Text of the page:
Subacute Outcomes
Today, payers are looking for good value and reviewing providers' outcomes. Therefore subacute providers must be able to give payers up-to-date outcomes data, Bob Bianchi told participants. Acute providers are accustomed to doing this, but subacute providers are just beginning to establish outcomes measurement systems, said Bianchi, senior vice president, Program Services, RehabCare Group. Bianchi emphasized that subacute outcomes measurement programs must not mirror programs written for acute rehabilitation services. He pointed out that they are different service lines, each having its own unique elements. Bianchi described the major components of an evaluation program:

  • The outcomes measurement program must be fast, able to respond to payers' need for "real-time data." It must also be versatile, offering specific information to payers.
  • Ease of use is important. Bianchi recommended that program planners ensure that users can access only information they need, leaving out clutter.
  • The outcomes measurement program should interface with other providers' systems, since subacute services are now becoming a major component of the continuum of care.
  • An effective outcomes measurement program must also be capable of providing cost and clinical information.

Establishing a Measurement System
Bianchi advised including certain measurements to ensure the subacute outcome measurement system is practical and usable.

Satisfaction Measurements
Payers universally want to review a subacute provider's ability to satisfy clients, said Bianchi. Patients' perception of value includes their views on whether the continuum of care is seamless (i.e., whether they can avoid moving physically as they move through different types of care), the speed of a provider's response to patients' needs, and a provider's ability to listen to clients' needs.

Patient Improvement Measures
Bianchi stated that an outcomes measurement system must be capable of measuring medical outcomes that apply to a majority of patients. This includes keeping track of comorbidities (most subacute patients have an average of four). In addition, he noted that it is especially important for subacute providers to track the percentage of patients who return to acute care settings and to track incidents such as falls, restraints, and complaints. Finally, the system should measure patients' acuity.

Performance Measurements
Subacute providers must be able to respond to referrals quickly or risk losing referral sources. Bianchi advised participants that a program must also be able to provide payers with information on length of stay and destination (e.g., home) once subacute care is complete.

Other Measurements
Finally, Bianchi told subacute providers to ensure that their evaluation programs are capable of measuring the types of services delivered, outliers, recidivism.

The Subacute Explosion

Healthcare's focus has turned to the postacute continuum, stated Rimovsky, because subacute providers have become more responsive to patient needs and offer the flexibility to address today's healthcare challenges. He urged participants of the Subacute Summit to take advantage of the "subacute explosion" rocking healthcare today.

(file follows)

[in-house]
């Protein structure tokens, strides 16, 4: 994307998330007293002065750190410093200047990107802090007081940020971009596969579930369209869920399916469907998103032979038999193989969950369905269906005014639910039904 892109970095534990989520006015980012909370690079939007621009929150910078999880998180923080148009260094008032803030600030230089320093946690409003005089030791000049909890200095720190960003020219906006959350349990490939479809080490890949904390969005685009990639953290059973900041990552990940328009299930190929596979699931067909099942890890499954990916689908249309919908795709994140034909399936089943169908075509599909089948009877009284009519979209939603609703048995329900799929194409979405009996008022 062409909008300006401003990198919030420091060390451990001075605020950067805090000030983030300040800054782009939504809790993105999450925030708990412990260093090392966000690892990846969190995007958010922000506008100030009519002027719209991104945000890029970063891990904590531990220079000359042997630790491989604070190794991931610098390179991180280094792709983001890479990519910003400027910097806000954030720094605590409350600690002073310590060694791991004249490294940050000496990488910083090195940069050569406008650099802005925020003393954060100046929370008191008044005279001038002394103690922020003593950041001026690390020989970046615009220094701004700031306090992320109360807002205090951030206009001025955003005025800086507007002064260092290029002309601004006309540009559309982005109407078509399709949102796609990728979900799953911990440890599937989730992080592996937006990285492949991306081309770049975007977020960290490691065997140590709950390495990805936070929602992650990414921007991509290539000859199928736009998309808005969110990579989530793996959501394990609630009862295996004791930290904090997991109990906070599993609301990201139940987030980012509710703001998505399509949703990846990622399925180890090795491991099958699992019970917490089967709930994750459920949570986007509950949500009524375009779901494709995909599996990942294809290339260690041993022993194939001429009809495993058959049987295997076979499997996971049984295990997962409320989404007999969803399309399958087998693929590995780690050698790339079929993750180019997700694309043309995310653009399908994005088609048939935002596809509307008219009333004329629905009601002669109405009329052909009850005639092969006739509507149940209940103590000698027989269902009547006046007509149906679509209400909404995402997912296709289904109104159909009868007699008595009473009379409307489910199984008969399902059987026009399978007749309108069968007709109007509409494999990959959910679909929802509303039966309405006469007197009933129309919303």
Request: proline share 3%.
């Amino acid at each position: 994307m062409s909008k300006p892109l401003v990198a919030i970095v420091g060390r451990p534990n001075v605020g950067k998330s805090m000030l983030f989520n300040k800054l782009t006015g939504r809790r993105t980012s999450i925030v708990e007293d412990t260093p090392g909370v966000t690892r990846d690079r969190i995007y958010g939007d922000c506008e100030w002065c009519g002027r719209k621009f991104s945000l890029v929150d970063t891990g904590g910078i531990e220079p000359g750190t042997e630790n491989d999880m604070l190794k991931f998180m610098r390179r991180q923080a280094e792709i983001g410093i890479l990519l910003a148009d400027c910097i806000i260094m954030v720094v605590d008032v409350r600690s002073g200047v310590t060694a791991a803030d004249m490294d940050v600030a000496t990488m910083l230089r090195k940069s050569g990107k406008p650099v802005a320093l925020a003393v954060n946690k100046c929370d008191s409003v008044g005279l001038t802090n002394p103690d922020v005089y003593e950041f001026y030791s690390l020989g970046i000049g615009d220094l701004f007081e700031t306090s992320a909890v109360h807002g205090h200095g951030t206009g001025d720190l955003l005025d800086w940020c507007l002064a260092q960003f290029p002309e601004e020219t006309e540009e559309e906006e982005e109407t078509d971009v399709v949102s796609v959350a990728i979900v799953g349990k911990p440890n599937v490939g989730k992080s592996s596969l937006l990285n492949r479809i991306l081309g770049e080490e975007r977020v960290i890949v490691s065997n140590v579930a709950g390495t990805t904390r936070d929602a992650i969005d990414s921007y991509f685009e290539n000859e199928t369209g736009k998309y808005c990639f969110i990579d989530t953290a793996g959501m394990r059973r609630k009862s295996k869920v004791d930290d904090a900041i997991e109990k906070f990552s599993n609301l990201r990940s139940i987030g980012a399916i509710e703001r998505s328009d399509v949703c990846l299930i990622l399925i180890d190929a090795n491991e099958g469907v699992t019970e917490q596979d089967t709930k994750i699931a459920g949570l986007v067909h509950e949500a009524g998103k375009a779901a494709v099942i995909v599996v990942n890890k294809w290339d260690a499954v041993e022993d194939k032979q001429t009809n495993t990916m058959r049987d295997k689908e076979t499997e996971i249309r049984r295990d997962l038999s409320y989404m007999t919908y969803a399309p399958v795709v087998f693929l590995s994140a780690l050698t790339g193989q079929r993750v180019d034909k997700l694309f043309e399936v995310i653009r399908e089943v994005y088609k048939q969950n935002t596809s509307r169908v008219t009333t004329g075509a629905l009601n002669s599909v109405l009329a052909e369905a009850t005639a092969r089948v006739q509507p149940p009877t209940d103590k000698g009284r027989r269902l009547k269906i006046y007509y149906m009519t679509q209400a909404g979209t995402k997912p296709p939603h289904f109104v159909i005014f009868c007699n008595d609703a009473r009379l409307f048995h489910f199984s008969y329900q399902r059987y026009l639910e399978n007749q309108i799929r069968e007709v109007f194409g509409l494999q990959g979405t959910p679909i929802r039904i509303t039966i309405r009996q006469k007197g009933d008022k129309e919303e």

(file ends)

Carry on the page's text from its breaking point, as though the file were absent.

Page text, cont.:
For more information, contact Jay Rimovsky, RehabCare Group, 314-863-7422, ext. 250.

Ms. Hey, former assistant editor of Health Progress, is senior editor, Federal Reserve Bank, St. Louis.


Lisa Butlak listed the following characteristics managed care organizations seek in subacute care providers:

  • A full continuum of subacute services
  • The ability to serve a vast geographic area
  • Around-the-clock care
  • The ability to admit patients seven days a week
  • Care planning focused on the continuum to prepare the patient for the next level of care
  • Flexible, value-based pricing
  • Measurable quality and outcome standards based on critical pathways
  • Formal outcome reports (current, three months, six months, one year, recidivism)
  • Member satisfaction


For subacute providers attempting to establish a contract with a managed care organization, Lisa Butlak recommended the following:

  • Carefully review the definitions and terms of the contract. It should clearly define the services the managed care organization will and will not cover.
  • Outline admission, transfer, and discharge procedures.
  • Clearly identify how payments will be made, especially who will be responsible for copayments on noncovered services and for billing.
  • Establish what the subacute provider's relationship will be with physicians, stating how physicians providing subacute care will be reimbursed.
  • Spell out policies and procedures.
  • Evaluate the managed care organization's solvency.


Copyright © 1996 by the Catholic Health Association of the United States
For reprint permission, contact Betty Crosby or call (314) 253-3477.

Analysis - Subacute Providers Offer the Flexibility Managed Care Organizations Seek

Copyright © 1996 by the Catholic Health Association of the United States

For reprint permission, contact Betty Crosby or call (314) 253-3490.